Full-text · Article · Apr 2013 · FEBS letters
  • Source
    • "For the normal tissue, TTP inhibits radiation-induced cytokine production and reduces inflammatory responses. At the same time, prevention of TTP inactivation would be anticipated to be deleterious for cancer cells, where TTP is known to negatively regulate the expression of urokinase plasminogen activator (uPA), uPA receptor, matrix metalloproteinase-1 (MMP-1) and VEGF, thus decreasing tumor cell growth, invasion and metastasis [52], [53]. As we have observed that radiation induces TTP inactivation via p38-mediated phosphorylation and proteasomal degradation to produce and release increased TNF-α, we could propose to target p38. "
    [Show abstract] [Hide abstract]
    ABSTRACT: The efficacy of radiation therapy for lung cancer is limited by radiation-induced lung toxicity (RILT). Although tumor necrosis factor-alpha (TNF-α) signaling plays a critical role in RILT, the molecular regulators of radiation-induced TNF-α production remain unknown. We investigated the role of a major TNF-α regulator, Tristetraprolin (TTP), in radiation-induced TNF-α production by macrophages. For studies we irradiated (4 Gy) either a mouse lung macrophage cell line, MH-S or macrophages isolated from TTP knockout mice, and studied the effects of radiation on TTP and TNF-α levels. To study the relevance, mouse lungs were irradiated with a single dose (15 Gy) and assessed at varying times for TTP alterations. Irradiation of MH-S cells caused TTP to undergo an inhibitory phosphorylation at Ser-178 and proteasome-mediated degradation, which resulted in increased TNF-α mRNA stabilization and secretion. Similarly, MH-S cells treated with TTP siRNA or macrophages isolated from (-/-) mice had higher basal levels of TNF-α, which was increased minimally after irradiation. Conversely, cells overexpressing TTP mutants defective in undergoing phosphorylation released significantly lower levels of TNF-α. Inhibition of p38, a known kinase for TTP, by either siRNA or a small molecule inhibitor abrogated radiation-induced TNF-α release by MH-S cells. Lung irradiation induced TTP phosphorylation and protein degradation and a simultaneous increase in TNF-α production in C57BL/6 mice starting 24 h post-radiation. In conclusion, irradiation of lung macrophages causes TTP inactivation via p38-mediated phosphorylation and proteasome-mediated degradation, leading to TNF-α production. These findings suggest that agents capable of blocking TTP phosphorylation or stabilizing TTP after irradiation could decrease RILT.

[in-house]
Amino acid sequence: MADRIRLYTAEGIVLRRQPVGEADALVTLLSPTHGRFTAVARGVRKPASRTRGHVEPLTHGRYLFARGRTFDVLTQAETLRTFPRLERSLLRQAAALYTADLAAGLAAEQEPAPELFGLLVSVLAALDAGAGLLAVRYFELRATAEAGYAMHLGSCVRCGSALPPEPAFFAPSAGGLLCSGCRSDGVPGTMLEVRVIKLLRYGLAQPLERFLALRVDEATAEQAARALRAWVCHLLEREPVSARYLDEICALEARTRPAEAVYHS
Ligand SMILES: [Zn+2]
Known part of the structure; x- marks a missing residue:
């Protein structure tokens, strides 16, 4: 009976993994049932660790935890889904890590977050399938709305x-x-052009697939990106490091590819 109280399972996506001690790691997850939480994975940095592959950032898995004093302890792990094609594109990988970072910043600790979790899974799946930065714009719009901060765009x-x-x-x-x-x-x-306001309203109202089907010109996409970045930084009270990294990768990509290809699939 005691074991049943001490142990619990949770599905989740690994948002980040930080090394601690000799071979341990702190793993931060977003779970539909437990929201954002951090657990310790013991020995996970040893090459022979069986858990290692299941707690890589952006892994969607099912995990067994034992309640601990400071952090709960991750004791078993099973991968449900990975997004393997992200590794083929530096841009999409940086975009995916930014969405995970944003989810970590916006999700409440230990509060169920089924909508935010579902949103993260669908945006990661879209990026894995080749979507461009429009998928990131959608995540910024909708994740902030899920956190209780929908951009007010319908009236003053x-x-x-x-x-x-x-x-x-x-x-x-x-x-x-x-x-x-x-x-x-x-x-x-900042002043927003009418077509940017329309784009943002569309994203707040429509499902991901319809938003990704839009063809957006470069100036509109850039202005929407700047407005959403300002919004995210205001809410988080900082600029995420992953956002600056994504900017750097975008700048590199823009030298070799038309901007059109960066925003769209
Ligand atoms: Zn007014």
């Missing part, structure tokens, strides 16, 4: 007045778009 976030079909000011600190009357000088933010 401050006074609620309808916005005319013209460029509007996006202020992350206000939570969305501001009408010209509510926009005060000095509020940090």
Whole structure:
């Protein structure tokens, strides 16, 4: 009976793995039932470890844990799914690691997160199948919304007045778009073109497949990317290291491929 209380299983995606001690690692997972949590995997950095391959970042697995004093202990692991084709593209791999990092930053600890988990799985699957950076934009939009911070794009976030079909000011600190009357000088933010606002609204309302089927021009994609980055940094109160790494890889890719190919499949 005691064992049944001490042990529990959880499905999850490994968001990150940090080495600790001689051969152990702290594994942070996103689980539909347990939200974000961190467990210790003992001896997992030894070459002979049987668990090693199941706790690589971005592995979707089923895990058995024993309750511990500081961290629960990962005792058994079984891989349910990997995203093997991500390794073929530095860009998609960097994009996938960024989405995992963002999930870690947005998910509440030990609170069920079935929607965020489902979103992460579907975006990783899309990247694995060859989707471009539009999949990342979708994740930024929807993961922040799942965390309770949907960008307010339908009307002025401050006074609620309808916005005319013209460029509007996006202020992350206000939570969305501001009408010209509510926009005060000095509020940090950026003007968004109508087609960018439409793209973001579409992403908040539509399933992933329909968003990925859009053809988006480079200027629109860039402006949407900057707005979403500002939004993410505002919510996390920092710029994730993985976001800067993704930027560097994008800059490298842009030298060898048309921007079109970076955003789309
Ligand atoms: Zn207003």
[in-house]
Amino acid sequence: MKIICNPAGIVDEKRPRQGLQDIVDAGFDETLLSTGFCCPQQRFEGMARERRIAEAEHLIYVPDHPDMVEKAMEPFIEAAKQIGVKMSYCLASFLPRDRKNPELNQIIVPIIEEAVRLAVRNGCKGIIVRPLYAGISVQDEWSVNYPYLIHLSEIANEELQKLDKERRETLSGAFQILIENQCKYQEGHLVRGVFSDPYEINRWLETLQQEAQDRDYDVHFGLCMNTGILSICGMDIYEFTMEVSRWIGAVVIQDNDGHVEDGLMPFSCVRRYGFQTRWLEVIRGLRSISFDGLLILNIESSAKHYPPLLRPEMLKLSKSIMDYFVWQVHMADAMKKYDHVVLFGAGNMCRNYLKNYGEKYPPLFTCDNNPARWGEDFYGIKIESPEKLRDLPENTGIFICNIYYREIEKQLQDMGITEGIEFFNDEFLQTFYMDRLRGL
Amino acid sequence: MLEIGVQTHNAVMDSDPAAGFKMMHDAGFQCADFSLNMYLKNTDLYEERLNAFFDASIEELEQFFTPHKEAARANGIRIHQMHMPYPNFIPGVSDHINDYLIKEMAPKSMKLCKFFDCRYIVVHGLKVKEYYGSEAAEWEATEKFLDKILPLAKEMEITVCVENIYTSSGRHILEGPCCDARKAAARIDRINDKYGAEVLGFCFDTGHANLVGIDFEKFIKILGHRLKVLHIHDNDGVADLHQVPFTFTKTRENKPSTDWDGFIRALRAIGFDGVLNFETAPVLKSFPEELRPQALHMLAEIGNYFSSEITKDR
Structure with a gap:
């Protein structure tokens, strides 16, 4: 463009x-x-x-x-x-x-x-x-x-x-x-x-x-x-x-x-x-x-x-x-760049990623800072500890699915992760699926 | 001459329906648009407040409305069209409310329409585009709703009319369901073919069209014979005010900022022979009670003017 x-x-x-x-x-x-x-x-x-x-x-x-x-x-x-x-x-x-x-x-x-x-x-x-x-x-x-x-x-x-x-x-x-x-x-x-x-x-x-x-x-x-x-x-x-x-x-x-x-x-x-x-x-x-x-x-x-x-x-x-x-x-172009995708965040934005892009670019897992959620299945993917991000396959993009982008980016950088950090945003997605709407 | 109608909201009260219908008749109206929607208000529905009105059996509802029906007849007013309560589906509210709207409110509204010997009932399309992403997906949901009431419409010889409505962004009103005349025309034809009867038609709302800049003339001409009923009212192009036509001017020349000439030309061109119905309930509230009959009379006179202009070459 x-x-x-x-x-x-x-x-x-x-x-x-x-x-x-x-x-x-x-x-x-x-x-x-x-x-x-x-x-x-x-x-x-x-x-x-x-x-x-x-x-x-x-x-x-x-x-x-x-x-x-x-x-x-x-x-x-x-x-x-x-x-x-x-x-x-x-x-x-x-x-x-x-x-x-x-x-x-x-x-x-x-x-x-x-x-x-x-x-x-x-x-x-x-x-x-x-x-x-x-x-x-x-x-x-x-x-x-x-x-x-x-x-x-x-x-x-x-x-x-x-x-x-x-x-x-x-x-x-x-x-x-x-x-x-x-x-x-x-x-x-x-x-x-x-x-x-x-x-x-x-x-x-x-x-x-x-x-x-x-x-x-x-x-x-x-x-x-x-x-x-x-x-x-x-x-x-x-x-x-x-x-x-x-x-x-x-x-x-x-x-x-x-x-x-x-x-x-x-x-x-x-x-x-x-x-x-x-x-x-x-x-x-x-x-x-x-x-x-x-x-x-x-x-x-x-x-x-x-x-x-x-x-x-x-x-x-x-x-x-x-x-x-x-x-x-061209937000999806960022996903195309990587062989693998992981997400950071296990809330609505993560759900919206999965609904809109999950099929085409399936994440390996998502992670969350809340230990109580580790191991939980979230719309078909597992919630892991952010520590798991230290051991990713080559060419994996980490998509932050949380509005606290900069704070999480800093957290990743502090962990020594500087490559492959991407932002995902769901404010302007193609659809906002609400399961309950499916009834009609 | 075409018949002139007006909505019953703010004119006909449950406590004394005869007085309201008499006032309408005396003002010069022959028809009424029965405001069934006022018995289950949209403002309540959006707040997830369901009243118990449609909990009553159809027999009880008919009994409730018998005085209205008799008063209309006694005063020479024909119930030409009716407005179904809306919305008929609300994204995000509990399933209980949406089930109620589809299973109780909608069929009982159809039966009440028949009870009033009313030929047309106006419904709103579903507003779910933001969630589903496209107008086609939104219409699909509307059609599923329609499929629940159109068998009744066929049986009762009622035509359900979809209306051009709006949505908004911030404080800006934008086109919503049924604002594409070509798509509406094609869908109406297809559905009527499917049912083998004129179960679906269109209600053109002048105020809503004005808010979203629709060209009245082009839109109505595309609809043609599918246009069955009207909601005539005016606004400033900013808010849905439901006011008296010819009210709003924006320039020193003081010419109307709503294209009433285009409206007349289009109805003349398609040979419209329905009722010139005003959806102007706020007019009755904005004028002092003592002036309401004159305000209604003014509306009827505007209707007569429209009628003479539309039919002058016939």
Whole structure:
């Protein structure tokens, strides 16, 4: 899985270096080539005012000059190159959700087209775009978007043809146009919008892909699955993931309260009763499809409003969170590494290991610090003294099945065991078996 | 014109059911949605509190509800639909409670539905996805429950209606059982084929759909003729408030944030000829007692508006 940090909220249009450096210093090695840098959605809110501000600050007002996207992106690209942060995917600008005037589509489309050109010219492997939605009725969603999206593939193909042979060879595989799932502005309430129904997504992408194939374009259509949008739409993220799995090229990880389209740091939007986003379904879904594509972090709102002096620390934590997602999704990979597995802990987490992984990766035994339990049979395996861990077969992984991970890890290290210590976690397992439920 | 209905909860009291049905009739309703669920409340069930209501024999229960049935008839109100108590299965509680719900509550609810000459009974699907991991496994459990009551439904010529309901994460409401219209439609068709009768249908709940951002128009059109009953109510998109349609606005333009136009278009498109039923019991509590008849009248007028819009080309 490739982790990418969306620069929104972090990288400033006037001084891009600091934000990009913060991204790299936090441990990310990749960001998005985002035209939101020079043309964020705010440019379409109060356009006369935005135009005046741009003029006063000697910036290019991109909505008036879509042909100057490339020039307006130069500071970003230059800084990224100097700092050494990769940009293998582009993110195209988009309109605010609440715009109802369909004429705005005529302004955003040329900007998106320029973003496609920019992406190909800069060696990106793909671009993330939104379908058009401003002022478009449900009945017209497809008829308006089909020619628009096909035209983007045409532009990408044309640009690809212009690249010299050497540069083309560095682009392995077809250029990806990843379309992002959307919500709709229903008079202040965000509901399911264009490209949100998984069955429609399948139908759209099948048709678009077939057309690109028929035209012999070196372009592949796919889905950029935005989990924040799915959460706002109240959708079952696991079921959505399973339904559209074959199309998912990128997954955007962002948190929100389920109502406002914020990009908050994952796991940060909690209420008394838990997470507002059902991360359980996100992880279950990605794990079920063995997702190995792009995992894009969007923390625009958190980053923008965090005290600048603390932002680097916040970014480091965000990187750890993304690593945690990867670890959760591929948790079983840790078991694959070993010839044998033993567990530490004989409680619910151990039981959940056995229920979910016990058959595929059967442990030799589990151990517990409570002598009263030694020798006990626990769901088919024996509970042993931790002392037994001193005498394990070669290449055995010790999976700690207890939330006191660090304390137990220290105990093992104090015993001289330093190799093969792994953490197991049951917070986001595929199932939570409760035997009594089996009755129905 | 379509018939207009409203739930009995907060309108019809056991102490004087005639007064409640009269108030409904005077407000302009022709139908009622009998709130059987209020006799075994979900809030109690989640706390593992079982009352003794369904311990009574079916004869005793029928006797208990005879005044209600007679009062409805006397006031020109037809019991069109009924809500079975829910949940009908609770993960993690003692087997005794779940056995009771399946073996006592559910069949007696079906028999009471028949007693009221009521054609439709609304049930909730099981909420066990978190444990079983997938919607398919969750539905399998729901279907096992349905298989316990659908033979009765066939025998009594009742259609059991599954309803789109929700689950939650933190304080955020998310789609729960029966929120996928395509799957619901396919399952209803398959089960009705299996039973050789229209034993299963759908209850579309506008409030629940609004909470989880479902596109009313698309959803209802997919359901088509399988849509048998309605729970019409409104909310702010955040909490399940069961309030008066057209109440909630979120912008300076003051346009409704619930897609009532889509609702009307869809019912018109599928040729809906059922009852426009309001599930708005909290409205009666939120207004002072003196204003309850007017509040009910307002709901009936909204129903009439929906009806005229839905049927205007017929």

Full-text · Article · Feb 2013 · PLoS ONE
Show more